Roy Wickoff as Boling Baker in the 1976 production of 'Aracoma.' This show was so well received that the WV Department of Natural Resources in conjunction with Chief Logan State Park decided to make the annual summer production a permanent feature in Logan County, WV.

Roy Wickoff as Boling Baker in the 1976 production of ‘Aracoma.’ This show was so well received that the WV Department of Natural Resources in conjunction with Chief Logan State Park decided to make the annual summer production a permanent feature in Logan County, WV. Photo courtesy The Aracoma Story, Inc.

The 2013 version of the drama suggests that Baker’s band of Shawnees, seeing how white settlers are relentlessly encroaching on their lands from all directions, want blood and revenge.

Baker, presented as a peace lover and a cool headed strategist, insists killing no settlers is the better course — that the band can still convey that the Shawnees are not to be trifled with while confining itself to stealing horses and cattle.

This is quite a different picture of Baker than was told by journalist and historian G.T. Swain in his 1927 book ‘The History of Logan County.’ Boling Baker, according to Swain, was “a shameless horse thief who was overly quick to brain a child or scalp a woman.”

The settlers pursue the raiders, resulting in a battle near Midelburg (Hatfield) Island. Aracoma is fatally wounded by militiamen led by John Breckenridge and William Madison, but lives long enough to deliver the following speech to Madison:

“My name is Aracoma, and I am the last of a mighty race. My father was a great chief and a friend of your people. He was murdered in cold blood by the white when he came to them as a friend to give them warning. I am the wife of a paleface who came across the great waters to make war on my people, but came to us and was made one of us. A great plague many moons ago carried off my children and they lie buried just above the bend in the river. Bury me with them with my face toward the setting sun that I may see my people on their march to the happy hunting grounds. For your kindness I warn you to make haste in returning to your homes, for my tribe is still powerful and will return to avenge my death.”

In the 2013 stage version at Logan State Park, just before dying, Aracoma cries out “Boling, where are you?” And that begs an interesting question, because the answer is historians don’t know where he was when Breckenridge and Madison attacked Midelburg (Hatfield) Island.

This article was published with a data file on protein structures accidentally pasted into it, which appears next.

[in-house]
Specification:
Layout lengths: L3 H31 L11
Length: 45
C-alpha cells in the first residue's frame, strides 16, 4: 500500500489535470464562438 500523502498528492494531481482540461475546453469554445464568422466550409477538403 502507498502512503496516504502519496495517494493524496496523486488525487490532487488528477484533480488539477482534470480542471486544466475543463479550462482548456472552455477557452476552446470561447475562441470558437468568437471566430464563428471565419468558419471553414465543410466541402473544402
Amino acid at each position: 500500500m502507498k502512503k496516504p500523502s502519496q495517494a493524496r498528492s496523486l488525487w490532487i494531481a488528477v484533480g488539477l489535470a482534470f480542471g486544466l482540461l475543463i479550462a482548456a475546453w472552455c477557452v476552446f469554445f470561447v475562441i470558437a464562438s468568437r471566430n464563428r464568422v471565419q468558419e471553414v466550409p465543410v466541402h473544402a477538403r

The theatrical drama resolves the issue in ambiguous fashion. From the beginning of the play, an old man whom the audience gradually comes to understand is Baker narrates the story in flashback to a group of young listeners off to one side of the stage, while the actions described take place center stage.

After the scene in which Aracoma is slain, one of the young listeners asks “What happened to Boling Baker?”

The old man rises with a glazed look, and wanders away from the group of children onto center stage. The young listeners fade out of the stage lights, and Aracoma (in her young womanhood) appears atop a promontory in white raiment, a fog machine creating mists swirling around her, with a spotlight below shining brilliantly on her.

Baker looks up, starts to climb up the mountain toward her, and as he passes a tree he emerges from the other side transformed to a middle-aged version of himself. He passes behind a rock outcropping, and transforms again to a young version of himself, finally joining Aracoma atop the promontory.

Great theatre; sketchy history.

So what did happen to Boling Baker? Historian Sigfus Olafson, according to the West Virginia Encyclopedia, found the name ‘‘Boling Baker’’ among Kanawha County names for his census index of the year 1810 — at that time Kanawha included part of present Logan County. Baker, says Olafson, may have written this inscription on a tree: ‘‘Boling Baker, his hand and knife, can’t steal a horse to save his life.’’

The Aracoma Story plays through August 4th at Chief Logan State Park, Logan, WV.

 

Sources: http://wc.rootsweb.ancestry.com/cgi-bin/igm.cgi?op=GET&db=:3297507&id=I4374&ti=,

http://www.appalachianaristocracy.com/getperson.php?personID=I9948&tree=01

http://www.loganbanner.com/view/full_story/6843896/article-A-local-treasure-trove

http://www.findagrave.com/cgi-bin/fg.cgi?page=cr&CRid=2442494

Shawnee Heritage: Shawnee Genealogy and Family History,  by Don Greene withNoel Schutz, Vision ePublications, 2nd edition, 2008

http://www.wvencyclopedia.org/articles/328

2 Responses

  • Joan says:

    Thoroughly enjoyable and interesting. I always look forward to your stories of Appalachia. Thanks

  • Judy Wooten says:

    Thanks so much for your interest and wonderful words about our heritage and our show. I feel that you have captured the essence of both with this piece. It was a pleasure to have met and be able to assist you. All the bests to you and yours.